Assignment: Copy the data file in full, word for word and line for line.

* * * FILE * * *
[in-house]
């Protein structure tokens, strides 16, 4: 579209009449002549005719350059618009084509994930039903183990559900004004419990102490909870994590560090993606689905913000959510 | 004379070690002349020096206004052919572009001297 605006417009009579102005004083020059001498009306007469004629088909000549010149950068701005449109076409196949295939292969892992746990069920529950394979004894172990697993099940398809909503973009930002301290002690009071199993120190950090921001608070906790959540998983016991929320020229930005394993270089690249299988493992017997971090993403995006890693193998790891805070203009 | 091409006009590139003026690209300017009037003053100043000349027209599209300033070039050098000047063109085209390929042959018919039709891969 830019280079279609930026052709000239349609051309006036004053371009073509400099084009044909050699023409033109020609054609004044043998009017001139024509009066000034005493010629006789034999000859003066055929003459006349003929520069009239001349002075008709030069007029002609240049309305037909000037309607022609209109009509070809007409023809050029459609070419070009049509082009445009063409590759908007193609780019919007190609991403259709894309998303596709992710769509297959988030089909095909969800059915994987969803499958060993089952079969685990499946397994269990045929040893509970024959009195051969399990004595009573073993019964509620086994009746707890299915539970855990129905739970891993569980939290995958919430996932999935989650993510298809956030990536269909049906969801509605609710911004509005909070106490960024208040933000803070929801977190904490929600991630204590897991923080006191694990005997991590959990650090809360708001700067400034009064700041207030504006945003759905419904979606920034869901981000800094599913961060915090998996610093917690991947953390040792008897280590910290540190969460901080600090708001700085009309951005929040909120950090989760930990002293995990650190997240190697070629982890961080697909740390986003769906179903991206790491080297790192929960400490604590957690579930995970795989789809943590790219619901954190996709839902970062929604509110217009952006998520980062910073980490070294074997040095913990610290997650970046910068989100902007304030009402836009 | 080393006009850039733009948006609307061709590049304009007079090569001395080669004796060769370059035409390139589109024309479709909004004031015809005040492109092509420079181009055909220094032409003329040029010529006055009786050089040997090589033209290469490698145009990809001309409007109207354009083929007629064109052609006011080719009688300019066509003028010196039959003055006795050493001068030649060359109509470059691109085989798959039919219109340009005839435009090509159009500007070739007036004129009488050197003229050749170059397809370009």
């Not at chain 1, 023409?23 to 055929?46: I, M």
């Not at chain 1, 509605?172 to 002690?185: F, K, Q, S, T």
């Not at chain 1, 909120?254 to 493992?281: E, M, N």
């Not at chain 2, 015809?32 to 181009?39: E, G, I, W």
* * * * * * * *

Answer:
[in-house]
């Protein structure tokens, strides 16, 4: 579209009449002549005719350059618009084509994930039903183990559900004004419990102490909870994590560090993606689905913000959510 | 004379070690002349020096206004052919572009001297 605006417009009579102005004083020059001498009306007469004629088909000549010149950068701005449109076409196949295939292969892992746990069920529950394979004894172990697993099940398809909503973009930002301290002690009071199993120190950090921001608070906790959540998983016991929320020229930005394993270089690249299988493992017997971090993403995006890693193998790891805070203009 | 091409006009590139003026690209300017009037003053100043000349027209599209300033070039050098000047063109085209390929042959018919039709891969 830019280079279609930026052709000239349609051309006036004053371009073509400099084009044909050699023409033109020609054609004044043998009017001139024509009066000034005493010629006789034999000859003066055929003459006349003929520069009239001349002075008709030069007029002609240049309305037909000037309607022609209109009509070809007409023809050029459609070419070009049509082009445009063409590759908007193609780019919007190609991403259709894309998303596709992710769509297959988030089909095909969800059915994987969803499958060993089952079969685990499946397994269990045929040893509970024959009195051969399990004595009573073993019964509620086994009746707890299915539970855990129905739970891993569980939290995958919430996932999935989650993510298809956030990536269909049906969801509605609710911004509005909070106490960024208040933000803070929801977190904490929600991630204590897991923080006191694990005997991590959990650090809360708001700067400034009064700041207030504006945003759905419904979606920034869901981000800094599913961060915090998996610093917690991947953390040792008897280590910290540190969460901080600090708001700085009309951005929040909120950090989760930990002293995990650190997240190697070629982890961080697909740390986003769906179903991206790491080297790192929960400490604590957690579930995970795989789809943590790219619901954190996709839902970062929604509110217009952006998520980062910073980490070294074997040095913990610290997650970046910068989100902007304030009402836009 | 080393006009850039733009948006609307061709590049304009007079090569001395080669004796060769370059035409390139589109024309479709909004004031015809005040492109092509420079181009055909220094032409003329040029010529006055009786050089040997090589033209290469490698145009990809001309409007109207354009083929007629064109052609006011080719009688300019066509003028010196039959003055006795050493001068030649060359109509470059691109085989798959039919219109340009005839435009090509159009500007070739007036004129009488050197003229050749170059397809370009």
């Not at chain 1, 023409?23 to 055929?46: I, M």
């Not at chain 1, 509605?172 to 002690?185: F, K, Q, S, T």
């Not at chain 1, 909120?254 to 493992?281: E, M, N």
């Not at chain 2, 015809?32 to 181009?39: E, G, I, W």